Main ways to destroy these motors is by overheating and over revving(bad tuners). With those canned tunes you need to note the power and shifting patterns(if auto trans) and see what is best for you.

The "HP" rating for tuners and stuff is a bunch of BS to sell them. It's like selling a magic weight loss pill and reading the tiny text at the bottom of the infomercial that says "Use with proper diet." But rant over..

Personally I like to know what I have and custom tunes is the way to go but honestly you need to get rid of that pancake downpipe and do an intake if you want that motor to last longer.

If it weren't for the Tony Wildman tunes I installed years I feel my trans and motor would have much bigger issues. Good tunes and proper mods are a big step up for longevity over leaving it stock. However, a complete stock 7.3 with no tuner cannot damage itself unless you overheat it.
So, I am leaning towards setting it to the “75hp” setting and just driving the truck the way I do. I hear you on the “hp” settings basically being BS haha. I wouldn’t ever expect to see “140HP+” for instance Haha I would be interested in some recommendations that promote longevity though. Not so concerned with power increase…
 

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3" downpipe is a huge help. Let the exhaust flow and keep EGT's down. Intake pairs with the exhaust. Other than those 2 upgrades everything else is to fix a common issue or to support future mods.
 

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Discussion Starter · #10 ·
@1Dieselman @CloverLeafFarm

Alright, I got the following from Isspro and am going to keep the tuner in there and run it at “75hp” position:
  • Pillar
  • Pyrometer (0-1600)
  • Boost Gauge (0-40)
  • Trans Temp (100-280)
Isspro part number: R60013

I think you’re right about the tuner ultimately helping and even if I don’t make any other modifications this should provide a better piece of mind that things are where they should be. What do you think?
 

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I think that will be fine. As suggested earlier I would consider exhaust and air intake. The stock air intake box usually does not seal well and often turns into a pile of junk. In the future if you decide you want a little more towing power do some turbo upgrades and you will be pleasantly surprised. Another thing I would strongly suggest especially if you live in a hot climate and tow a lot is install a bigger transmission cooler (if it has not been done) because just like the engine heat is the biggest killer for your transmission
 

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Discussion Starter · #12 ·
I think that will be fine. As suggested earlier I would consider exhaust and air intake. The stock air intake box usually does not seal well and often turns into a pile of junk. In the future if you decide you want a little more towing power do some turbo upgrades and you will be pleasantly surprised. Another thing I would strongly suggest especially if you live in a hot climate and tow a lot is install a bigger transmission cooler (if it has not been done) because just like the engine heat is the biggest killer for your transmission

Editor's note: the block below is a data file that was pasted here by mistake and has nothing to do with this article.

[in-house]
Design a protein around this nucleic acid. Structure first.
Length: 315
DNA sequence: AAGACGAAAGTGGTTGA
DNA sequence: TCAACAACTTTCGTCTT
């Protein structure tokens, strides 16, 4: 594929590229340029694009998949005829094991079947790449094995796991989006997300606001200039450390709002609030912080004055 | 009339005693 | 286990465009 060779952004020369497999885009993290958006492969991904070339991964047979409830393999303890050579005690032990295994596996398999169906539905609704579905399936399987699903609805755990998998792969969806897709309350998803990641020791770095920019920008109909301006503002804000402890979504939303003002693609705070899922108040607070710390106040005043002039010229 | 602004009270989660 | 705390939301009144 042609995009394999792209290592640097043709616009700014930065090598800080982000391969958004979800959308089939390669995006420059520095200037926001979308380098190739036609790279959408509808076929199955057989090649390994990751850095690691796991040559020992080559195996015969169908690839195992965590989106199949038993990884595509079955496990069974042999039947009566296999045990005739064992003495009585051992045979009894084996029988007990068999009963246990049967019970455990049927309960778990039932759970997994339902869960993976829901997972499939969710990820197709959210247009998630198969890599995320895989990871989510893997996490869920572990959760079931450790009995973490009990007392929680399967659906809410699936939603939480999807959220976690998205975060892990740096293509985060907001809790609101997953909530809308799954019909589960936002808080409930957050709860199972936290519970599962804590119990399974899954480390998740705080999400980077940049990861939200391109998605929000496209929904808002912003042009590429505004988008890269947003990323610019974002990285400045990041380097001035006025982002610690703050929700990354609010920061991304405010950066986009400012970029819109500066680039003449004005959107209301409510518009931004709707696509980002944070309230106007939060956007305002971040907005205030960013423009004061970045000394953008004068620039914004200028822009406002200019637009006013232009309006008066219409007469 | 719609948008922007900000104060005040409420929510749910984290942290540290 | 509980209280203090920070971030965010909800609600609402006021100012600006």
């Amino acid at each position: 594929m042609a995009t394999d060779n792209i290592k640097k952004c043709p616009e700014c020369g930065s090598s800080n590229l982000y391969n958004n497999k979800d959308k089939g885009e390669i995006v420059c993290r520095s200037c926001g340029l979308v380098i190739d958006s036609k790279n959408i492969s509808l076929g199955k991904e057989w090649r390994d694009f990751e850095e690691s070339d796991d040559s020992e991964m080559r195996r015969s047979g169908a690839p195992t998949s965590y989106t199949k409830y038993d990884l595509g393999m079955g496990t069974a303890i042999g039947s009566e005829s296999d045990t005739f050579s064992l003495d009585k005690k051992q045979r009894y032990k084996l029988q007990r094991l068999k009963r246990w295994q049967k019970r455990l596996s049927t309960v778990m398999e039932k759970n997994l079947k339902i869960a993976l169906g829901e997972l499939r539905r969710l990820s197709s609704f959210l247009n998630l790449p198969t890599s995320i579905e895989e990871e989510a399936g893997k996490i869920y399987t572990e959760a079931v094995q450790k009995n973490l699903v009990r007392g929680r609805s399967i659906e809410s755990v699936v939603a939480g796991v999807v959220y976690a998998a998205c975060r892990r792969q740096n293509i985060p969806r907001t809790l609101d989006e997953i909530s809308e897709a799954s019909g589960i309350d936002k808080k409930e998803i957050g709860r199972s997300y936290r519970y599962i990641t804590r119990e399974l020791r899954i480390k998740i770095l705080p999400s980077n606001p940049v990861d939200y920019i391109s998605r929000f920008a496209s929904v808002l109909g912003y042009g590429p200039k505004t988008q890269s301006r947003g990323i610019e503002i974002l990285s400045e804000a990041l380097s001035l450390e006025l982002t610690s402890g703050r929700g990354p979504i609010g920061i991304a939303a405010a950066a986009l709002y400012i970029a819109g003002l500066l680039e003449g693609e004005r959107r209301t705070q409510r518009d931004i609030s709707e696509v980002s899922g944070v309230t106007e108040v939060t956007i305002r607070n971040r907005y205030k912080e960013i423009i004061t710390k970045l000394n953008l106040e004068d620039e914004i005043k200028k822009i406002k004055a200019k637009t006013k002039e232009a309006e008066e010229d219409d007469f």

What would be your recommendation for air intake? S&B?
 

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Install the pyrometer probe pre-turbo (i.e., driver's side exhaust manifold) and not post-turbo (i.e., downpipe). Cheers!
 
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Discussion Starter · #16 ·
Install the pyrometer probe pre-turbo (i.e., driver's side exhaust manifold) and not post-turbo (i.e., downpipe). Cheers!
It looks like most people (and instructions) are installing in these three locations. Does that sound consistent with what other folks would do? Some say T the MAP line for boost gauge but are seeing not as great performance. Definitely seems easier haha but pointless if it doesn't work well.

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Discussion Starter · #18 ·
Yes but you can easily "T" in to the MAP line for a boost gauge.
Perfect. I would much rather tap into the MAP line than drill directly into the Y pipe. I obviously haven't received the kit yet from ISSPRO but I believe they are one of the ones who have instructions and hardware to drill directly into Y pipe. Do you think a connector like this would work with the ISSPRO Boost gauge? Looks like it would work with both a boost hose or a sensor. Not sure what the hardware will look like for the ISSPRO...

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That transmission port is not the port to install the temp sensor, although that is where almost everyone puts it. That port is actually the test port to check pump pressure.

The automatic transmissions have an internal temperature sensor from the factory, but the only way to read it correctly is through the OBD port.

As far as air filter kits, these are the 2 we recommend.


Or if you are looking for something more inexpensive and is cleanable.